In its opening paragraph, the lights of Charmaine Craig’s epic new novel, “Miss Burma,” come up on Louisa, who is based on the author’s mother, taking the pageant stage. Louisa Benson Craig, a woman who after being crowned went on to become a political revolutionary with a price on her head, is one of many fictionalized characters whose lives are so full of loss and perseverance and incident that to follow their story is to follow the history of the country itself. The sweeping, multi-generational story of a family belonging to the Karen ethnic minority, “Miss Burma” charts both a political history and a deeply personal one — and of those incendiary moments when private and public motivations overlap.
Craig, a former actress who lives in Los Angeles and teaches at UC Riverside, met me at cafe to talk about “Miss Burma”; our conversation carried over to a walk around Echo Park Lake. We discussed the literary bias against so-called historical novels, her relationship with her mother, who died of ovarian cancer in 2010, type-casting in Hollywood and why the near decade that Craig spent working on a book about her family became less about excising the story from herself than excising herself from the story. This interview has beenedited for clarity and length.
When did you first discover that your mother had been both Miss Burma and a political revolutionary?
I can’t remember a time when I didn’t know. My American dad was a dreamer, and he painted my mother in these oversized terms — she was Miss Burma, she was the most famous actress in Burma for a time, she was a woman warrior. So I knew all of that. But as I was writing the book, I would put pieces together in an almost journalistic way, and I would figure out how her story fit into a bigger political picture. It was almost like having a conversation with the dead.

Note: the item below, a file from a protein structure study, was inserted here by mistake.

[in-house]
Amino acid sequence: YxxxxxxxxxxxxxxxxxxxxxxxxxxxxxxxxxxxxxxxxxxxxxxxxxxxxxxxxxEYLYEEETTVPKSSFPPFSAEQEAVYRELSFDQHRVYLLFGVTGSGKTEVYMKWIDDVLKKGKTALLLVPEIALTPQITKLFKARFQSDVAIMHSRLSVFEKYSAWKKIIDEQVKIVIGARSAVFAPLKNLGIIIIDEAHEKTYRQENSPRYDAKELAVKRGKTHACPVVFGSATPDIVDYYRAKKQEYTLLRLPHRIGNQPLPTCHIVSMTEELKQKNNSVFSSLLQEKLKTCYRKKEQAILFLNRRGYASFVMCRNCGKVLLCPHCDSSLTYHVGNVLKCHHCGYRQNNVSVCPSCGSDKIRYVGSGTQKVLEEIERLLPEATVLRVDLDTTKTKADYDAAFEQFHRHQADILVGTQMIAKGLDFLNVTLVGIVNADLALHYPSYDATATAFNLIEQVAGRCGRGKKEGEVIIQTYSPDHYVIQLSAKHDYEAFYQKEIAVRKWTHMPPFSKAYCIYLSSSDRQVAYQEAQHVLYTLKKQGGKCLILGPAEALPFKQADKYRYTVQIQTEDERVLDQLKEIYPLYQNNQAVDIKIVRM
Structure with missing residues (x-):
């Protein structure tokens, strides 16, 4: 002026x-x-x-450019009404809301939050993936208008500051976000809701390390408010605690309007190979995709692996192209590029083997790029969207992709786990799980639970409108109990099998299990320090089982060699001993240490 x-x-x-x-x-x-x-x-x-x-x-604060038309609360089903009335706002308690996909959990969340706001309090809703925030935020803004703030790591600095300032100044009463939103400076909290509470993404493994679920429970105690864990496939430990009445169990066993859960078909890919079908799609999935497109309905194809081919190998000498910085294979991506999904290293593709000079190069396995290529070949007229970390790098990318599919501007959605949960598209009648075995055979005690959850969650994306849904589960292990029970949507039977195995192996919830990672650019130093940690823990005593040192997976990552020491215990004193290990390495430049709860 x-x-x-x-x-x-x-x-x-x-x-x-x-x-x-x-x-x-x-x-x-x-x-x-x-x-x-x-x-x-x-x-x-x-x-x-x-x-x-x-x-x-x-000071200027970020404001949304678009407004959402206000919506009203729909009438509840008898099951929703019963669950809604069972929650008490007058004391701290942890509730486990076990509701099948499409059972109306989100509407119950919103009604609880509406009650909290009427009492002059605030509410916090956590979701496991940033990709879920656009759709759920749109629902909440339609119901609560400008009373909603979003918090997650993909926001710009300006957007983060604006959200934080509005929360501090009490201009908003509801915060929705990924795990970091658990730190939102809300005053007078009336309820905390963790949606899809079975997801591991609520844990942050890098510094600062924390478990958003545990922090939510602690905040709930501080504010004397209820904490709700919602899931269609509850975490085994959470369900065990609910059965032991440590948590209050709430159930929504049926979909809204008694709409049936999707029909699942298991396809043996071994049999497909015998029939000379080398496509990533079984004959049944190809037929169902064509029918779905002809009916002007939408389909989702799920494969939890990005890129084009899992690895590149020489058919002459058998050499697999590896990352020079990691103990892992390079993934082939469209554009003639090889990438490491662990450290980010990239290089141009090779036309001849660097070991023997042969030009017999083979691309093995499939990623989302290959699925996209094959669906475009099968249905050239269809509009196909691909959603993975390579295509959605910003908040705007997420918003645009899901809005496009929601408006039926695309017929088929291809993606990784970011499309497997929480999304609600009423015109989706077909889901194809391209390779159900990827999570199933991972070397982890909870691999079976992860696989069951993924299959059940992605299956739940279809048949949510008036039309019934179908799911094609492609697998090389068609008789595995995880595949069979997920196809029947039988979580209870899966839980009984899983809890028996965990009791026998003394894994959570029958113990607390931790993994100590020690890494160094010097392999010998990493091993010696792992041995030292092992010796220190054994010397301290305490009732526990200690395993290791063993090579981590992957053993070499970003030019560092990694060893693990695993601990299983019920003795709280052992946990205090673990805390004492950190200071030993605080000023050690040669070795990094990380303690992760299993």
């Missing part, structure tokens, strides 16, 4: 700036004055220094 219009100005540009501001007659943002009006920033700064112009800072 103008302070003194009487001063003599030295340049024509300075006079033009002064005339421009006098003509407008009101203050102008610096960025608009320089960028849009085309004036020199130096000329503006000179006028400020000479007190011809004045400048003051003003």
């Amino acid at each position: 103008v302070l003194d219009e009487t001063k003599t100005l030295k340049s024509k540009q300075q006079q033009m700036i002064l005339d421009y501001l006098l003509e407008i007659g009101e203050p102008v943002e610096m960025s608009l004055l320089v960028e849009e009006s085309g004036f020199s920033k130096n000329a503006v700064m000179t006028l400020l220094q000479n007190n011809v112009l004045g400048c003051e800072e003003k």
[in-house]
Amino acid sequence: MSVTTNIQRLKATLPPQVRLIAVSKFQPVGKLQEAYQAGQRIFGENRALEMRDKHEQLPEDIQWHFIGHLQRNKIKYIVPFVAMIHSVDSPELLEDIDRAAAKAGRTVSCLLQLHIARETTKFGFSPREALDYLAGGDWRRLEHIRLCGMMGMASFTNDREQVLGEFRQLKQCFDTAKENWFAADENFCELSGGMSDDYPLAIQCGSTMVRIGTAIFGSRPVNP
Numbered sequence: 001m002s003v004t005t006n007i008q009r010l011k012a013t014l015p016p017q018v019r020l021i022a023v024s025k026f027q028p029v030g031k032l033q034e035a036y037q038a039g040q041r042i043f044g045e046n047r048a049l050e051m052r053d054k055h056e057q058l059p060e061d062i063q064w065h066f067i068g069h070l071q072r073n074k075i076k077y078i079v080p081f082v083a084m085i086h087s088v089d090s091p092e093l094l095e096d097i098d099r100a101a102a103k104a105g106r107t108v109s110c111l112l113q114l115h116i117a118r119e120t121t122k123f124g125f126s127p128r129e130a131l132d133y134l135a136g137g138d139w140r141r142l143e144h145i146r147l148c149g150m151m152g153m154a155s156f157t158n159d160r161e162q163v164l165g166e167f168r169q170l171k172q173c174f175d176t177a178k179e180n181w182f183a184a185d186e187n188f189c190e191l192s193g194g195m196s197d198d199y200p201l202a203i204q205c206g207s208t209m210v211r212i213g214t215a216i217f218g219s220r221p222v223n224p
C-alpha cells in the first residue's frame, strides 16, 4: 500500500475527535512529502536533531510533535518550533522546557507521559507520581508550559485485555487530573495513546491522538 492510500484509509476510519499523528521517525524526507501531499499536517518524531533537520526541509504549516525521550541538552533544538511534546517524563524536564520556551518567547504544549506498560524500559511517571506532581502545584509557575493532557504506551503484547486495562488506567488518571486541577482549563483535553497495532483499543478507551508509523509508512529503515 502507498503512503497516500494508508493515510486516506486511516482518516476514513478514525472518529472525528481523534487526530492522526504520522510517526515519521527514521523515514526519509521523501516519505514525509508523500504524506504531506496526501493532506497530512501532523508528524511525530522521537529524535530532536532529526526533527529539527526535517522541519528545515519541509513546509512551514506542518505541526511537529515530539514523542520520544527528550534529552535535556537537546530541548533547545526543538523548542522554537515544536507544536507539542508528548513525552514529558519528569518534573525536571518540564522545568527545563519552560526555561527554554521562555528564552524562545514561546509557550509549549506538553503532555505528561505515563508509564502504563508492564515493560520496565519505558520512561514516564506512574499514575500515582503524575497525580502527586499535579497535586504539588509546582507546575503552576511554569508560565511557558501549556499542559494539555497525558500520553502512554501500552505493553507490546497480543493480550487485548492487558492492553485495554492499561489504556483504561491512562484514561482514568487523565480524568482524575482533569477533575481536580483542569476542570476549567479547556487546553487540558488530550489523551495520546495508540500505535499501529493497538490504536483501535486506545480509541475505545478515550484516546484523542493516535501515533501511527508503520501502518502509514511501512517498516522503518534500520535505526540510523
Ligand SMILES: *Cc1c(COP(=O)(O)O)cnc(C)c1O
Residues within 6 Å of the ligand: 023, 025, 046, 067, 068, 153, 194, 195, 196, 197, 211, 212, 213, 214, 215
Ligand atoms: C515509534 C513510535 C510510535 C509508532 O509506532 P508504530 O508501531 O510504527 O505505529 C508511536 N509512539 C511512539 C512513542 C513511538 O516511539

“Miss Burma” is based on the lives of your mother and grandparents; it’s a story that is, in somesense, a real part of you. What was it like to get that story out and onto the page?
I should tell you that the first version of the book was much more about myself and my mother. It was first person, it was much more of the expected immigrant story. I wrote an entire version of that book as my mother became sick, and it was cathartic to write that version, which was so much about the traumas she had lived through and how I inherited some of that, and about her conflict over giving herself over to motherhood in the United States when I think she felt, to some extent, that she had abandoned the call of a whole people back in Burma, what’s now Myanmar. What became clear to me after I finished that book was given the fact that I was writing this for a Western readership I had been too solipsistic in my approach. The book wasn’t about me, it needed to be about a country and a people and a family, and I needed to exist in the margins of the story and get myself out of the way. Read Rest of Interview Here